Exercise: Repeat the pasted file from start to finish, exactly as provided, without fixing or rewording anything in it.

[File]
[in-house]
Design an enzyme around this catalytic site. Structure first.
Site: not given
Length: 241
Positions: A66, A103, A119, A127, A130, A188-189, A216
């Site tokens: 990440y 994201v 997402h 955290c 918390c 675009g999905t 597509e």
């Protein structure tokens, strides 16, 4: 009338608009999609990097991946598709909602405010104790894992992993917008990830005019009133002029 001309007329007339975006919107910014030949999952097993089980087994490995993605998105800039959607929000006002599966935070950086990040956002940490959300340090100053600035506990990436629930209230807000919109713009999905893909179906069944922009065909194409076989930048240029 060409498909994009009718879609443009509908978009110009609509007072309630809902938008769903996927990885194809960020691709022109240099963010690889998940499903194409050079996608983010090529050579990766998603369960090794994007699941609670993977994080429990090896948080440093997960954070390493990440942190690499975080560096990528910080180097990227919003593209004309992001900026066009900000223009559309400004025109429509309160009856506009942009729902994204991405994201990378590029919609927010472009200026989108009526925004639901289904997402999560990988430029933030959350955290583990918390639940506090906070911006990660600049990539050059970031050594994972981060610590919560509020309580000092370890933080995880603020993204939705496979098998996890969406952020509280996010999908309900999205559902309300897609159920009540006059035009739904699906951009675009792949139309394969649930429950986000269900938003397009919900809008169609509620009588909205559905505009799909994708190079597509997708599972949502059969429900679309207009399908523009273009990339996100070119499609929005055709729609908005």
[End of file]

[in-house]
Design an enzyme around this catalytic site. Structure first.
Site: not given
Length: 241
Positions: A66, A103, A119, A127, A130, A188-189, A216
């Site tokens: 990440y 994201v 997402h 955290c 918390c 675009g999905t 597509e």
């Protein structure tokens, strides 16, 4: 009338608009999609990097991946598709909602405010104790894992992993917008990830005019009133002029 001309007329007339975006919107910014030949999952097993089980087994490995993605998105800039959607929000006002599966935070950086990040956002940490959300340090100053600035506990990436629930209230807000919109713009999905893909179906069944922009065909194409076989930048240029 060409498909994009009718879609443009509908978009110009609509007072309630809902938008769903996927990885194809960020691709022109240099963010690889998940499903194409050079996608983010090529050579990766998603369960090794994007699941609670993977994080429990090896948080440093997960954070390493990440942190690499975080560096990528910080180097990227919003593209004309992001900026066009900000223009559309400004025109429509309160009856506009942009729902994204991405994201990378590029919609927010472009200026989108009526925004639901289904997402999560990988430029933030959350955290583990918390639940506090906070911006990660600049990539050059970031050594994972981060610590919560509020309580000092370890933080995880603020993204939705496979098998996890969406952020509280996010999908309900999205559902309300897609159920009540006059035009739904699906951009675009792949139309394969649930429950986000269900938003397009919900809008169609509620009588909205559905505009799909994708190079597509997708599972949502059969429900679309207009399908523009273009990339996100070119499609929005055709729609908005």